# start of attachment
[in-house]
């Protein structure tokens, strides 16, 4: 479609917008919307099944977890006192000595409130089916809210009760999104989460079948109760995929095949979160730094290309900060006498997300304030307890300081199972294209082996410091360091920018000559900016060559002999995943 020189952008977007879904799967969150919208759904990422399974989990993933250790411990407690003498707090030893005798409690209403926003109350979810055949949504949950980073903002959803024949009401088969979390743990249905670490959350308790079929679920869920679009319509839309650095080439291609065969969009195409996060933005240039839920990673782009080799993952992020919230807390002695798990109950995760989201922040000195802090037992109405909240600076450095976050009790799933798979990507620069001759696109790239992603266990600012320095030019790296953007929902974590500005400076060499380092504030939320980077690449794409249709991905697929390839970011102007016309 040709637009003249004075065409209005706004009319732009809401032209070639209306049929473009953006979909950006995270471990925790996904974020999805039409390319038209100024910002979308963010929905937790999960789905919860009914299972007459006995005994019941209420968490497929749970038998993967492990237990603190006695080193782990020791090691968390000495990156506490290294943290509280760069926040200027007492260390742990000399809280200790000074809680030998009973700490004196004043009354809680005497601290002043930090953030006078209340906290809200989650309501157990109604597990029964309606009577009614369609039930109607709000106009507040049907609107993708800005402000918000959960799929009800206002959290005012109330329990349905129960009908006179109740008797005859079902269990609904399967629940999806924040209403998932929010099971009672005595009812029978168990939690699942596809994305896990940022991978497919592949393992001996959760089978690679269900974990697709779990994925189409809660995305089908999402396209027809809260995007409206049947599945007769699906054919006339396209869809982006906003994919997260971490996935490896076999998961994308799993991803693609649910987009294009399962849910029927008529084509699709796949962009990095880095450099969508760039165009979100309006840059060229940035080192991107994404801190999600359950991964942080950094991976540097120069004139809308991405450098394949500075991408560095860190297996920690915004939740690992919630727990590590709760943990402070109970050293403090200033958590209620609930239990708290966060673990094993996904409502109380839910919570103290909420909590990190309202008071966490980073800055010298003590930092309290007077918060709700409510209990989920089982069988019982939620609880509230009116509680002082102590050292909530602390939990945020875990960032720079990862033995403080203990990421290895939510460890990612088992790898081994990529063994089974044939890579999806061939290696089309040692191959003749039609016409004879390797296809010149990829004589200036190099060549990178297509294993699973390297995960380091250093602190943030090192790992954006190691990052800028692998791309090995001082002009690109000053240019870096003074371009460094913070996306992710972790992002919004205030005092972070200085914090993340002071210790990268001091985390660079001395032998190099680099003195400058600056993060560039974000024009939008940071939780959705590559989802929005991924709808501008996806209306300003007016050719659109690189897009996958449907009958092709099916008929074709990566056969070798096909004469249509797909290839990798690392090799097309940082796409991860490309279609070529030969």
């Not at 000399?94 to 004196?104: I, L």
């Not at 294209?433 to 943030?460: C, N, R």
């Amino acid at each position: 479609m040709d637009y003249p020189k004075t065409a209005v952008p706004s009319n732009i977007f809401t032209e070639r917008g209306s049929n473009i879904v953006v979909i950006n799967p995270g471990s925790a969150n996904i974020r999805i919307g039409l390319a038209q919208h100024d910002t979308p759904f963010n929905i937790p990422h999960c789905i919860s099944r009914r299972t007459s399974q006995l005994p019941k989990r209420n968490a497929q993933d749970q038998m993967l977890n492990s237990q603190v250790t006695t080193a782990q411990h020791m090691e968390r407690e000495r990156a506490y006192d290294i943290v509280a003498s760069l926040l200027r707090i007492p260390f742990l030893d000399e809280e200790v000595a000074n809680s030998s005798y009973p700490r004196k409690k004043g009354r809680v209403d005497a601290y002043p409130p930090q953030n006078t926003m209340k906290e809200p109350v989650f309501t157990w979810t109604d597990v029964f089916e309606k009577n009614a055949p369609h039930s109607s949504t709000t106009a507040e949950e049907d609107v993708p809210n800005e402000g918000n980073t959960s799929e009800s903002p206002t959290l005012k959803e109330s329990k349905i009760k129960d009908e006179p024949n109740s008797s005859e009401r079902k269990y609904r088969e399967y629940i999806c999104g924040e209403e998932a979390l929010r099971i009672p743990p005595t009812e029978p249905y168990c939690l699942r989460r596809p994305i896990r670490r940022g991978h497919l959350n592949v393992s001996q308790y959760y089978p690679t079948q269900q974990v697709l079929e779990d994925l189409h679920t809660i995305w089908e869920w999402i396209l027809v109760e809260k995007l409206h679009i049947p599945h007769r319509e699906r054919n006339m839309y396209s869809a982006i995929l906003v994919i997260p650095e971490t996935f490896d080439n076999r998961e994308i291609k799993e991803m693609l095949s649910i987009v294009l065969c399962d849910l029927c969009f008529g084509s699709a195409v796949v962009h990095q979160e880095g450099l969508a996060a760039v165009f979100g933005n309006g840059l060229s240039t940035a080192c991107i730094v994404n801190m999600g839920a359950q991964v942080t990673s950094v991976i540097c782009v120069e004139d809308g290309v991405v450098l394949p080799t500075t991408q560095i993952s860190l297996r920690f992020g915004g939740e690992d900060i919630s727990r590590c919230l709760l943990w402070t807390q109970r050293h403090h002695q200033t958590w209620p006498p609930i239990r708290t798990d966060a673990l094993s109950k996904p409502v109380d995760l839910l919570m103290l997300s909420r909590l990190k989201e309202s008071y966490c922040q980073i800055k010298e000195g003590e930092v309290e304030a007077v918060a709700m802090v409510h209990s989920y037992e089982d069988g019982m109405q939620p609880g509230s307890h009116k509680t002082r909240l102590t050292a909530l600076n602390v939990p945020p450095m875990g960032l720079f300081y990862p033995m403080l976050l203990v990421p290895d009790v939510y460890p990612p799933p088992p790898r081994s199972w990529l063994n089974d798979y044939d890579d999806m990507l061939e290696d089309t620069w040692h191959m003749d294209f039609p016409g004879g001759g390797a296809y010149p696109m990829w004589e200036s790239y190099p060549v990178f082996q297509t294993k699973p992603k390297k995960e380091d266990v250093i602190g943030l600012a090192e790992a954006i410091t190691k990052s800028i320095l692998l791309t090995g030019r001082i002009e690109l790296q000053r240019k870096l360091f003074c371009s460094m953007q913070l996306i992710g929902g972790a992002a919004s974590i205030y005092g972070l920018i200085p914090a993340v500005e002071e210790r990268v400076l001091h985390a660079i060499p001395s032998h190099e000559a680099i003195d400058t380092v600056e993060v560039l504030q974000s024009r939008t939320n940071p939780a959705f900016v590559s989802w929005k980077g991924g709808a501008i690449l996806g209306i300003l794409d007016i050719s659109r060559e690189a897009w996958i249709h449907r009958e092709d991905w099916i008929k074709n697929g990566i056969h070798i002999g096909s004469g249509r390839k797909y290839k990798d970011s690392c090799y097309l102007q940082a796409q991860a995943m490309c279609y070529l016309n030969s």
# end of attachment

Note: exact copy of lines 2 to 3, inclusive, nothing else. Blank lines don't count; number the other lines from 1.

């Protein structure tokens, strides 16, 4: 479609917008919307099944977890006192000595409130089916809210009760999104989460079948109760995929095949979160730094290309900060006498997300304030307890300081199972294209082996410091360091920018000559900016060559002999995943 020189952008977007879904799967969150919208759904990422399974989990993933250790411990407690003498707090030893005798409690209403926003109350979810055949949504949950980073903002959803024949009401088969979390743990249905670490959350308790079929679920869920679009319509839309650095080439291609065969969009195409996060933005240039839920990673782009080799993952992020919230807390002695798990109950995760989201922040000195802090037992109405909240600076450095976050009790799933798979990507620069001759696109790239992603266990600012320095030019790296953007929902974590500005400076060499380092504030939320980077690449794409249709991905697929390839970011102007016309 040709637009003249004075065409209005706004009319732009809401032209070639209306049929473009953006979909950006995270471990925790996904974020999805039409390319038209100024910002979308963010929905937790999960789905919860009914299972007459006995005994019941209420968490497929749970038998993967492990237990603190006695080193782990020791090691968390000495990156506490290294943290509280760069926040200027007492260390742990000399809280200790000074809680030998009973700490004196004043009354809680005497601290002043930090953030006078209340906290809200989650309501157990109604597990029964309606009577009614369609039930109607709000106009507040049907609107993708800005402000918000959960799929009800206002959290005012109330329990349905129960009908006179109740008797005859079902269990609904399967629940999806924040209403998932929010099971009672005595009812029978168990939690699942596809994305896990940022991978497919592949393992001996959760089978690679269900974990697709779990994925189409809660995305089908999402396209027809809260995007409206049947599945007769699906054919006339396209869809982006906003994919997260971490996935490896076999998961994308799993991803693609649910987009294009399962849910029927008529084509699709796949962009990095880095450099969508760039165009979100309006840059060229940035080192991107994404801190999600359950991964942080950094991976540097120069004139809308991405450098394949500075991408560095860190297996920690915004939740690992919630727990590590709760943990402070109970050293403090200033958590209620609930239990708290966060673990094993996904409502109380839910919570103290909420909590990190309202008071966490980073800055010298003590930092309290007077918060709700409510209990989920089982069988019982939620609880509230009116509680002082102590050292909530602390939990945020875990960032720079990862033995403080203990990421290895939510460890990612088992790898081994990529063994089974044939890579999806061939290696089309040692191959003749039609016409004879390797296809010149990829004589200036190099060549990178297509294993699973390297995960380091250093602190943030090192790992954006190691990052800028692998791309090995001082002009690109000053240019870096003074371009460094913070996306992710972790992002919004205030005092972070200085914090993340002071210790990268001091985390660079001395032998190099680099003195400058600056993060560039974000024009939008940071939780959705590559989802929005991924709808501008996806209306300003007016050719659109690189897009996958449907009958092709099916008929074709990566056969070798096909004469249509797909290839990798690392090799097309940082796409991860490309279609070529030969």
């Not at 000399?94 to 004196?104: I, L």